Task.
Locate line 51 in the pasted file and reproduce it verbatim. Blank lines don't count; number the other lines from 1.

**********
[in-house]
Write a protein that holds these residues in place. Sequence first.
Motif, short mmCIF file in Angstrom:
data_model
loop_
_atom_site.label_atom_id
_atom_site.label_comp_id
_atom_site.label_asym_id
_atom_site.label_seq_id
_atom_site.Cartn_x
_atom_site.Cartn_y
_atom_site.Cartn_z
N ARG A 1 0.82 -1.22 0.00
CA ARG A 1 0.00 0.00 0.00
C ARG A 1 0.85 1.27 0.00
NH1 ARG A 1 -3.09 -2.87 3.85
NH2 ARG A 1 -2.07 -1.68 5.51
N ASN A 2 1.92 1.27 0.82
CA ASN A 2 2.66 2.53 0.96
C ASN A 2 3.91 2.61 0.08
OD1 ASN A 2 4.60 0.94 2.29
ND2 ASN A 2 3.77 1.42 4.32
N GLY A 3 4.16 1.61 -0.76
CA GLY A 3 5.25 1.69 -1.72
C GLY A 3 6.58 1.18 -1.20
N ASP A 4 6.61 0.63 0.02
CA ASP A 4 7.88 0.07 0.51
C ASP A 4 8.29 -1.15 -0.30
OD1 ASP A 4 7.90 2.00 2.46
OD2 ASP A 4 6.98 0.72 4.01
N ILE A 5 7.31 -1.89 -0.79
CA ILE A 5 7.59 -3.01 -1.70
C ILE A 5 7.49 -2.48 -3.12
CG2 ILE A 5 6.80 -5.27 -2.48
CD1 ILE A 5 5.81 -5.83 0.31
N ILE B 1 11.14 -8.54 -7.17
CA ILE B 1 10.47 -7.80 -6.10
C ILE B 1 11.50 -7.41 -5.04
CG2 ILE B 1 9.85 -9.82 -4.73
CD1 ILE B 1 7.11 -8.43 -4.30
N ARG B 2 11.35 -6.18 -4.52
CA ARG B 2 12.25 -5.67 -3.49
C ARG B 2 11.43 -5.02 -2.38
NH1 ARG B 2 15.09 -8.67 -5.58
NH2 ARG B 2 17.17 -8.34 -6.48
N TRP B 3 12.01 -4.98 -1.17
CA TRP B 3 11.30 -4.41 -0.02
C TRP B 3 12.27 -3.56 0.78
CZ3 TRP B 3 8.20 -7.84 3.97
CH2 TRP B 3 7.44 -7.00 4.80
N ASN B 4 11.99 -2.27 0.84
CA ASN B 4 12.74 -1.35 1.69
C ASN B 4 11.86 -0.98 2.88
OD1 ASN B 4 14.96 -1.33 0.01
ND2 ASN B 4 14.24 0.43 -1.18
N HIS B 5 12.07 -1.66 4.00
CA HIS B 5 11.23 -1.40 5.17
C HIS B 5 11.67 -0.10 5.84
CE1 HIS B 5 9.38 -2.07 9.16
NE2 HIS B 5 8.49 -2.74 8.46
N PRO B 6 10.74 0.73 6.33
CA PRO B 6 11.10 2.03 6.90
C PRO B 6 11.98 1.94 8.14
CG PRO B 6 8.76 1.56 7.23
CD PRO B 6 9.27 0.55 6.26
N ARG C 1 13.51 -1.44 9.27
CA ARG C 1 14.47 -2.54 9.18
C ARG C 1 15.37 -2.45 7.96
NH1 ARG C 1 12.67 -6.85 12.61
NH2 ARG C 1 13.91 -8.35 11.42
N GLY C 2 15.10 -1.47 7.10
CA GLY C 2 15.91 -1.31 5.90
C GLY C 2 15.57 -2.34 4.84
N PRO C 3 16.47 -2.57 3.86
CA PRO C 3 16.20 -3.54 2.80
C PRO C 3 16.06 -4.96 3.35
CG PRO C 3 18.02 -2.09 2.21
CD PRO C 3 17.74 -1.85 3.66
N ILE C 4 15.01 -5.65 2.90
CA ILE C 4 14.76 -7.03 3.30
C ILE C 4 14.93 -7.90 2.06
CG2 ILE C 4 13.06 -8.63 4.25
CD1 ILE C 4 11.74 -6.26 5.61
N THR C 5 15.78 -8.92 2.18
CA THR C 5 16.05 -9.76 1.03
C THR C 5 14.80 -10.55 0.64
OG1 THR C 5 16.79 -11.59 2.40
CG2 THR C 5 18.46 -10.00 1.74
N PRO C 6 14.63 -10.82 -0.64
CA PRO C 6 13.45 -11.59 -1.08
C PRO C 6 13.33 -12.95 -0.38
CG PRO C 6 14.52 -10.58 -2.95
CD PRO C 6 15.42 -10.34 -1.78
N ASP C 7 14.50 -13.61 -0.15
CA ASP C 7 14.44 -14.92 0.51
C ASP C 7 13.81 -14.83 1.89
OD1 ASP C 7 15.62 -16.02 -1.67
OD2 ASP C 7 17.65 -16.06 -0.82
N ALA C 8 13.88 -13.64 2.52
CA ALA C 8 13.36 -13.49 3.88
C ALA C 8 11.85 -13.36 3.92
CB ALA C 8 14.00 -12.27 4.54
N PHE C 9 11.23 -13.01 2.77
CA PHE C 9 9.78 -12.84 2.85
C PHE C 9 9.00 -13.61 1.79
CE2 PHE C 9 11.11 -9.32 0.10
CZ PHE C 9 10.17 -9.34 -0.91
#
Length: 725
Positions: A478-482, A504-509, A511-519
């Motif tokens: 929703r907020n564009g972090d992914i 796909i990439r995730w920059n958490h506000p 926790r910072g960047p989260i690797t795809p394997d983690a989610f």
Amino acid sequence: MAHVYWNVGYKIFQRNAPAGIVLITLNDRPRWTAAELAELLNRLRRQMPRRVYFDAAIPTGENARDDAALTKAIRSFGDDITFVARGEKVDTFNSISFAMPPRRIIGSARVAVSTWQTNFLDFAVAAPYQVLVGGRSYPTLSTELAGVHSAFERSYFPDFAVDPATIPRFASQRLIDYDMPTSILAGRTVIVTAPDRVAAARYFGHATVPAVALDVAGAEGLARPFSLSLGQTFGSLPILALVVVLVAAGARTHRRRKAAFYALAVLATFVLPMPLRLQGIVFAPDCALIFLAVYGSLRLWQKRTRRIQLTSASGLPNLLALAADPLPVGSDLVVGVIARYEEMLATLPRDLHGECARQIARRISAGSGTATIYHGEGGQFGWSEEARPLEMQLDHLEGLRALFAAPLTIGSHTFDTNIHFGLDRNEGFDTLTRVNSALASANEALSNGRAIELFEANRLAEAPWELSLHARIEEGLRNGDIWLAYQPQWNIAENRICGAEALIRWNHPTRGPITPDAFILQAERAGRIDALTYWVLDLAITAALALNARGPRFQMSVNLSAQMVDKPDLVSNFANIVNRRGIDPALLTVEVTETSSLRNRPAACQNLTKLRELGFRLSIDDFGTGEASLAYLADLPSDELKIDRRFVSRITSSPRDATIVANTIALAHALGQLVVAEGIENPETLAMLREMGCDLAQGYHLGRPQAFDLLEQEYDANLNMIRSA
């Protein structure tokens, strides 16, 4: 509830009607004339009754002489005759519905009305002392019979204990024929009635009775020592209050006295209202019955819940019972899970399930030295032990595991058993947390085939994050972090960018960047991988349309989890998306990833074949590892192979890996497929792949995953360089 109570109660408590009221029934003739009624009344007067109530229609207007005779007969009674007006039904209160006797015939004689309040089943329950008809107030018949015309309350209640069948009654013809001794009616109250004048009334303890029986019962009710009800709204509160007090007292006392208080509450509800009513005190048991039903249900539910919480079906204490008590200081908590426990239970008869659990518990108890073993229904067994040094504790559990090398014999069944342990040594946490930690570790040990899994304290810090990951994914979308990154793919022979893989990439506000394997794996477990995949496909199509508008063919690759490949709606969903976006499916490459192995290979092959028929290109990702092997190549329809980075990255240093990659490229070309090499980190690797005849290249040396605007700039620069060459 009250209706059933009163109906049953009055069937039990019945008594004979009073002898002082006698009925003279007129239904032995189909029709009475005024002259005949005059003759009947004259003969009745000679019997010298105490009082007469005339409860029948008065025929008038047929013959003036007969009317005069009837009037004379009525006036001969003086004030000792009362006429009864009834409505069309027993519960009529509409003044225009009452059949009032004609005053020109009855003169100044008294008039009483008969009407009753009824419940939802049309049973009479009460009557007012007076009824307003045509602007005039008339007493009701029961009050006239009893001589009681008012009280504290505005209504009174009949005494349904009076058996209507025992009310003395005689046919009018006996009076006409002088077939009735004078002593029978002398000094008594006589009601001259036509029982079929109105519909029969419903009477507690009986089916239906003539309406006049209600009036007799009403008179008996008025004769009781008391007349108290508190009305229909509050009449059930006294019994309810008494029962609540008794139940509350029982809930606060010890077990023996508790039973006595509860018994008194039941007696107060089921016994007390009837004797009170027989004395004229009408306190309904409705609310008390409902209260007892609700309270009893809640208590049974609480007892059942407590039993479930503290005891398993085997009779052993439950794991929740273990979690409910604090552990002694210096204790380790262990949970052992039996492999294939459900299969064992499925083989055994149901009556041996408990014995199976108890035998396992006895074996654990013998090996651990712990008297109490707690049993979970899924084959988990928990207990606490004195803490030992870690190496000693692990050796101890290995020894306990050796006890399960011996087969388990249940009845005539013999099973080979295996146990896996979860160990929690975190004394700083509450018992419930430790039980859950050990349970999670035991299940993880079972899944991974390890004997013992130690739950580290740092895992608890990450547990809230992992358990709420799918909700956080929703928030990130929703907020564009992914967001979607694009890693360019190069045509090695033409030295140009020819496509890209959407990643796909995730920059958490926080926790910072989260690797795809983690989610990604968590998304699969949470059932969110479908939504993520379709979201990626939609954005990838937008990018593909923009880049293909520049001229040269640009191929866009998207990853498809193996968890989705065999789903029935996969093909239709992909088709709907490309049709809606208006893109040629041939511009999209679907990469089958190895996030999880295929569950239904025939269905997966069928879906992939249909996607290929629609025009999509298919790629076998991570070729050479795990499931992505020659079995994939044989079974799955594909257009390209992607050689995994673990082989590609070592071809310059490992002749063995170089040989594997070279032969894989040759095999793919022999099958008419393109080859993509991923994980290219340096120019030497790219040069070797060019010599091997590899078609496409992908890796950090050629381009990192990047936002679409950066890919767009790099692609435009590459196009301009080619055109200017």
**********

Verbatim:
N ASN B 4 11.99 -2.27 0.84